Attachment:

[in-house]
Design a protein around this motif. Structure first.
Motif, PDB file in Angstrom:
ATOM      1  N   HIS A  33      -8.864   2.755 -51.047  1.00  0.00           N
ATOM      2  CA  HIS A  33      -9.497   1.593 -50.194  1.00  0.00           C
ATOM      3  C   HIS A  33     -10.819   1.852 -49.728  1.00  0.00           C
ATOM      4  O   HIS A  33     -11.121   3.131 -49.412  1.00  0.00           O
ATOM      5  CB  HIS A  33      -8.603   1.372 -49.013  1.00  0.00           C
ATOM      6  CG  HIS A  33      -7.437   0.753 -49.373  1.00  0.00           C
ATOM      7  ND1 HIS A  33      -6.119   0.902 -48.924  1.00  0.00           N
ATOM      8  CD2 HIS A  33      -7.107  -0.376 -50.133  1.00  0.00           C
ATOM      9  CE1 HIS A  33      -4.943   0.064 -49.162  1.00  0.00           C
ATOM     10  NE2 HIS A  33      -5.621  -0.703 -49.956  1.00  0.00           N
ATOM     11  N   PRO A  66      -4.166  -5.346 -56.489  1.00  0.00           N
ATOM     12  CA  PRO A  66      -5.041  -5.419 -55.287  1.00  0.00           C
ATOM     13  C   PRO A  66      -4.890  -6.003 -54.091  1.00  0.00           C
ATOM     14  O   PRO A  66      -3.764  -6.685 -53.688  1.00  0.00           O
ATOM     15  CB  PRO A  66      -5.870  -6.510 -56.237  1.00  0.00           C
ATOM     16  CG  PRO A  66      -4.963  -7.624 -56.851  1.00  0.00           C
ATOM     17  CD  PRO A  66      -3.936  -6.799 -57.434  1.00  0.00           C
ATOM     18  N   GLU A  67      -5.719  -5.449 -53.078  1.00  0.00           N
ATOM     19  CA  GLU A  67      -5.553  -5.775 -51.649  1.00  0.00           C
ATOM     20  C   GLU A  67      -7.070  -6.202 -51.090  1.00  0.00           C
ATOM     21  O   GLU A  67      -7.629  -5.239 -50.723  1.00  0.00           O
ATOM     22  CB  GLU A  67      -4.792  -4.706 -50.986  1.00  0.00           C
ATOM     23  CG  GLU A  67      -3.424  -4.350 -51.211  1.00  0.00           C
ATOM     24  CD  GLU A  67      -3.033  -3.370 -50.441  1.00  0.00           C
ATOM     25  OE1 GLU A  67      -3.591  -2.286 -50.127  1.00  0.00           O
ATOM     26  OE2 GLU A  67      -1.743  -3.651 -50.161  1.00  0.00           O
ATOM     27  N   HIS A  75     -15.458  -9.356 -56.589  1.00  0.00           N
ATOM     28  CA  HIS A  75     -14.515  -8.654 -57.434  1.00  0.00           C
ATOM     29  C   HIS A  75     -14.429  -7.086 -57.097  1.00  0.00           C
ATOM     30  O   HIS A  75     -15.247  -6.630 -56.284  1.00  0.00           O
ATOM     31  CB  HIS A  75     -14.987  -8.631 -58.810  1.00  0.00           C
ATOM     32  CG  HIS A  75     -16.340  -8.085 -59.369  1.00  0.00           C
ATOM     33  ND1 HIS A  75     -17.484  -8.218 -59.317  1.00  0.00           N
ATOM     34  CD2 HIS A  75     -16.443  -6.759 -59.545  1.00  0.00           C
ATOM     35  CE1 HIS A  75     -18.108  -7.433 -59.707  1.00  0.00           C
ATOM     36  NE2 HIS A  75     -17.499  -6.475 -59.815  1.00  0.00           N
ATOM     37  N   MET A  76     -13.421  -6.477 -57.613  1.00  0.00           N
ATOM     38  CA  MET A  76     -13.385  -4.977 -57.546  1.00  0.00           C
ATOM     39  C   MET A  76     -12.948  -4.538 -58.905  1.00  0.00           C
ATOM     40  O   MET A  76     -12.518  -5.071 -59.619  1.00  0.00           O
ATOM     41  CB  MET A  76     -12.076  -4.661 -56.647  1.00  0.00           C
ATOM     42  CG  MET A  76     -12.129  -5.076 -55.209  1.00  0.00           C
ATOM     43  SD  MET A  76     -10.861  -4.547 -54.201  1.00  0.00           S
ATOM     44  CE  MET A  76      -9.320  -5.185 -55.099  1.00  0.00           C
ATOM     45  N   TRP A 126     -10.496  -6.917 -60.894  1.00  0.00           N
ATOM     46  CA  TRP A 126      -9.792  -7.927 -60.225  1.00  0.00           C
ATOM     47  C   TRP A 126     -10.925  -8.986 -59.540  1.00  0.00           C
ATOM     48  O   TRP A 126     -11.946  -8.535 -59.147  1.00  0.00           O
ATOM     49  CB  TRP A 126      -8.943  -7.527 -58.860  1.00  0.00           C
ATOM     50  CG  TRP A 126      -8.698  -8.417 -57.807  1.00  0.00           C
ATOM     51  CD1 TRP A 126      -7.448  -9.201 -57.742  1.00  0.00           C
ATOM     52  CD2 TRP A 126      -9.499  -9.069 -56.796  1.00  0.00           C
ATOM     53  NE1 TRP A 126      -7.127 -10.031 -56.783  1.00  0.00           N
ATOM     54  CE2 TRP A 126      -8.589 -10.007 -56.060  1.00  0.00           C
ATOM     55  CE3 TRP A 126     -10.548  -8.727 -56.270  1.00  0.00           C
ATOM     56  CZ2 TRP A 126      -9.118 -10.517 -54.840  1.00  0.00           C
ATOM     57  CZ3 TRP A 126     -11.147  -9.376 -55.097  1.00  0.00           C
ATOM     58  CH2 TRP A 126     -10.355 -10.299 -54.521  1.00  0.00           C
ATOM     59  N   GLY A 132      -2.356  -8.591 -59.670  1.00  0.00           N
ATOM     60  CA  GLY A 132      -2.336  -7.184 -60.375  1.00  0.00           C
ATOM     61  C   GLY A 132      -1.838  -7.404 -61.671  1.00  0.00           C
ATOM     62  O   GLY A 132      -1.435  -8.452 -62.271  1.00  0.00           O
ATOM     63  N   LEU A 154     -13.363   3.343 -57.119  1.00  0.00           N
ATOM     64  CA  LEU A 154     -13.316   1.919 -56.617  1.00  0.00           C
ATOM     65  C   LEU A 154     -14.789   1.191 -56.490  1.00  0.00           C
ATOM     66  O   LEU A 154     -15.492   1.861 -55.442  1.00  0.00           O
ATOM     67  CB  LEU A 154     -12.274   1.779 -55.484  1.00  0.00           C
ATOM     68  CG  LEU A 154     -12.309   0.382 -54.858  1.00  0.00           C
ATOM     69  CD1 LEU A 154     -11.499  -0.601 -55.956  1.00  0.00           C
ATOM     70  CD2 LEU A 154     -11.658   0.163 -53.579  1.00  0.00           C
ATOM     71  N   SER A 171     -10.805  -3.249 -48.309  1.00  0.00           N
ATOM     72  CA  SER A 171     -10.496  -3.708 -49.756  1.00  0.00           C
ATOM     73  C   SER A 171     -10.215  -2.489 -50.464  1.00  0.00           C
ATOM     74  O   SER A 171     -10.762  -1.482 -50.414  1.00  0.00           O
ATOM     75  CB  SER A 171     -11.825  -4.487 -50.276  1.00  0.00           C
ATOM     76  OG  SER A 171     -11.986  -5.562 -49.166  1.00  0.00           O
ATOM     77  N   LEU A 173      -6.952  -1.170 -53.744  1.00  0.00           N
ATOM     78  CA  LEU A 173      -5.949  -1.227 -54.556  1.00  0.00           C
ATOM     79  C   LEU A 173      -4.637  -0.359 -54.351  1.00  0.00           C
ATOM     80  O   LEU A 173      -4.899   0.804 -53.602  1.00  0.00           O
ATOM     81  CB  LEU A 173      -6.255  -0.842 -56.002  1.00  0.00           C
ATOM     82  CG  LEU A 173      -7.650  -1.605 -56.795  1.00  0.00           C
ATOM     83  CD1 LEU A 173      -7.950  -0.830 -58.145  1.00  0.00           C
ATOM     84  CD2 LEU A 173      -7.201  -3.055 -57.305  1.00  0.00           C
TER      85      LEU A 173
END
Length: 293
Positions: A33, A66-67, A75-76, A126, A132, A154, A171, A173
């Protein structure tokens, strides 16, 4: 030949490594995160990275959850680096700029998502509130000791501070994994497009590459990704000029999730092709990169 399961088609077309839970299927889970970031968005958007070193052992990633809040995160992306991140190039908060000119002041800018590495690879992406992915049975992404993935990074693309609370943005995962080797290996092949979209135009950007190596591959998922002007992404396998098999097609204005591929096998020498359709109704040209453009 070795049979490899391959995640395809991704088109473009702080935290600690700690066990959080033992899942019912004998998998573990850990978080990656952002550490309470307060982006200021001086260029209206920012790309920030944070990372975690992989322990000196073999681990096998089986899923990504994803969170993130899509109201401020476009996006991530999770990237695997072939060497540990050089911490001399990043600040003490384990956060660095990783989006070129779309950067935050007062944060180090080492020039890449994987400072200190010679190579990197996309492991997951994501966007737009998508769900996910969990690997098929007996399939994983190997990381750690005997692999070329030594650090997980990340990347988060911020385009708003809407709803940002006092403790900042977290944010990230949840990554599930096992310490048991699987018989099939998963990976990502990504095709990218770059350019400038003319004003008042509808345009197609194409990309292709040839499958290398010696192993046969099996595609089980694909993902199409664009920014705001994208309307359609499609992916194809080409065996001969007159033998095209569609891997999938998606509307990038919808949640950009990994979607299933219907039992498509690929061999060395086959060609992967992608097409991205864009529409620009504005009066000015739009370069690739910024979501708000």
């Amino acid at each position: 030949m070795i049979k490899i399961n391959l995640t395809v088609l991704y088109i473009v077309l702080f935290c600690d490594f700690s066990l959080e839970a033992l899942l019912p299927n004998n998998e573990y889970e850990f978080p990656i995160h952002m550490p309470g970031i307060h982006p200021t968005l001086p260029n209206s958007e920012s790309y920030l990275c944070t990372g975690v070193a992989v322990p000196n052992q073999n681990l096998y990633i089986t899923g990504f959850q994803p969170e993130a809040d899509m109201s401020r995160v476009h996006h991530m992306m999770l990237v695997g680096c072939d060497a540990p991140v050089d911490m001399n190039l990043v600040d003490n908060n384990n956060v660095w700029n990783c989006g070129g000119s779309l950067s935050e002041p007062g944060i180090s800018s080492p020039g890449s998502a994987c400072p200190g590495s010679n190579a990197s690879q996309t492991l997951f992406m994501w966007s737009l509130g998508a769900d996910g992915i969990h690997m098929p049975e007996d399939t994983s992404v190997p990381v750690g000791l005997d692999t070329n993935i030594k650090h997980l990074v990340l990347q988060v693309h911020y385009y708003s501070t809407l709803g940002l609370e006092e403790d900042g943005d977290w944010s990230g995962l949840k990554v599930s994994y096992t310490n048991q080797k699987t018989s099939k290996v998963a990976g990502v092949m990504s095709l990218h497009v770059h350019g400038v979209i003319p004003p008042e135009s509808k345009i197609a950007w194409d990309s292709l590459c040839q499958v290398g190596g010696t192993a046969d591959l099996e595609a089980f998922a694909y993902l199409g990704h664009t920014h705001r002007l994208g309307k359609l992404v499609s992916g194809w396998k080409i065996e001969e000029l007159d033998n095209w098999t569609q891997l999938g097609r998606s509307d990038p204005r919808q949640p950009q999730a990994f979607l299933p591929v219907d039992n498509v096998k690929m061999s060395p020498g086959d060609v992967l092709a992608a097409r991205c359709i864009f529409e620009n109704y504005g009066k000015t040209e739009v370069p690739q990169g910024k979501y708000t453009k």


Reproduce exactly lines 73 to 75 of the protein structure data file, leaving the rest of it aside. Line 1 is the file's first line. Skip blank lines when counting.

ATOM     70  CD2 LEU A 154     -11.658   0.163 -53.579  1.00  0.00           C
ATOM     71  N   SER A 171     -10.805  -3.249 -48.309  1.00  0.00           N
ATOM     72  CA  SER A 171     -10.496  -3.708 -49.756  1.00  0.00           C